Monday, March 29, 2010

Review: The Children's Book

In the history of fiction, there have always been authors who have been driven to write The Great American Novel, a single work of literature that defines the United States, incorporating the vast socio-political and cultural history and thus aggrandizing the essence of America. Although no one really has been able to accomplish this, there have been numerous authors who have been created snapshots of America and its social development over time. For instance, John Jakes’s Kent Family Chronicles traced in eight volumes generations of a single family from the colonial period through the 1890s. James Michener’s Centennial is another example in that it concentrates on numerous people in a single town over time. Edward Rutherfurd demonstrates his ability to do this from the international perspective, writing social history novels like London and most recently New York. A.S. Byatt has written award-winning fiction that showcases her talent and skill as a literary author, but it is with her most recent work, The Children’s Book, that one can say she has now joined the legacy of these authors and written a form of The Great British Novel.

I am a long-time fan of Byatt’s work, and you will recall how pleased I was to have finally met her last October. I am admittedly not unbiased in my opinion of her work. Do I like everything she has ever written? No, of course not, and I suspect she would agree that in retrospect there are some books in her oeuvre that are better than others, in terms of plot or characterization, or in the strength or weakness of her writing. In that vein, let me say upfront that although The Children’s Book is an incredible book, it is not a perfect novel. If you compare it to Possession, the novel for which she will always be best known (and which is my favorite novel), The Children’s Book lacks that earlier book’s plot twists. It has so many characters that you will need a cheat sheet and might want to draw a few family trees. The problem is that readers may feel like they never get to know any of them the way they got to know Possession’s fictionalized Victorian authors Randolph Ash and Christabel LaMotte. Even more surprisingly for a novel that centers around a children’s author, there is nowhere near as much of the in-writing (i.e. literature written by the fictional authors) that made Possession so brilliant in its construction and storytelling. In short, The Children’s Book is not Possession.

But of course that is exactly the point. Byatt obviously wanted to write a novel that drew on her evocative sensibilities about the Victorian period, but needed to present it to readers in a new way or run the risk of becoming trite. In this she has succeeded, for The Children’s Book is a novel about British social and cultural history in which the numerous characters act, interact, and react, with one another and in response to environmental stimuli. This is a novel about people responding to changes in their world. It is a book about learning and education and training. The Children’s Book is about growing up.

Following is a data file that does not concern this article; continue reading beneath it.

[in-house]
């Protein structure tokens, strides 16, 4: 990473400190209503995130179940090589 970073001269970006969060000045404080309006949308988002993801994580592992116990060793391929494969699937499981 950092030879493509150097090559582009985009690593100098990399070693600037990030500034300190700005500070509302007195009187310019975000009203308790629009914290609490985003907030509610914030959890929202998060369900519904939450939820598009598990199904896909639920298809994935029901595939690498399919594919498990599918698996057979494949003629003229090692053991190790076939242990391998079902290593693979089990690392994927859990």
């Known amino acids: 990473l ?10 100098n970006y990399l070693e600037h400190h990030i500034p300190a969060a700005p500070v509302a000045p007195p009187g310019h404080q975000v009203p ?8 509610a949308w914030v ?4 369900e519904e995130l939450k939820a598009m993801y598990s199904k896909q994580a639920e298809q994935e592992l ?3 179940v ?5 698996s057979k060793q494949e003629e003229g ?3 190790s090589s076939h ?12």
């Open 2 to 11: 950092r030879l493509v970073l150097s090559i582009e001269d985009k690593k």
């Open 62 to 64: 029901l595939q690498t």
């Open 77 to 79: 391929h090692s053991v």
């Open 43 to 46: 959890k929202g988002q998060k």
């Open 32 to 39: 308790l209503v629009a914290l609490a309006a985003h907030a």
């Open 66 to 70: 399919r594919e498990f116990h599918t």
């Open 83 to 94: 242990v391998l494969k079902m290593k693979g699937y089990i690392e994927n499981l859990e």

Taking place from the year 1895 through World War I, The Children’s Book recounts the lives of an extended family centered around Olive Wellwood, a successful children’s writer who, with her socialist husband, her spinster sister, and her bevy of seven children, resides matriarchally in an Arcadian estate in southern England called Todefright. Early in the novel, the Wellwoods are celebrating their annual midsummer festival, and carriage after carriage arrive with other family members and friends who gather to perform Shakespeare’s Midsummer Night’s Dream on an outdoor stage and partake in all the excitement of the fete. This is the Wellwood children’s world, a place where magic and fantasy orchestrated by their mother’s storytelling and celebrity makes them believe anything can happen. The Wellwoods are a progressive family. They are members of the Fabian Society, which was in favor of peaceful but radical democracy for the working classes, and they encourage the Arts and Crafts communities that create beautiful handcrafted goods over mass production. With such progressiveness comes an open mind, most notably about sexuality, for many of the adults in this group. And that is perhaps one of the most important parts of Byatt’s tale, for what better way for children to learn about themselves and others but to consider their own sexual awakenings and awarenesses. Indeed, these aren’t Victorian children who only speak when spoken to. The Wellwood children and their friends masturbate with guilt, spy on others, question everyone’s parentage, encounter incest and adultery, discover first love and inevitably feel the pain that follows. More importantly, Byatt adeptly shows how this progressive environment was changing the social fabric of England itself at this time, and thus these children become microcosms for a new generation of English boys and girls on the brink of modernity.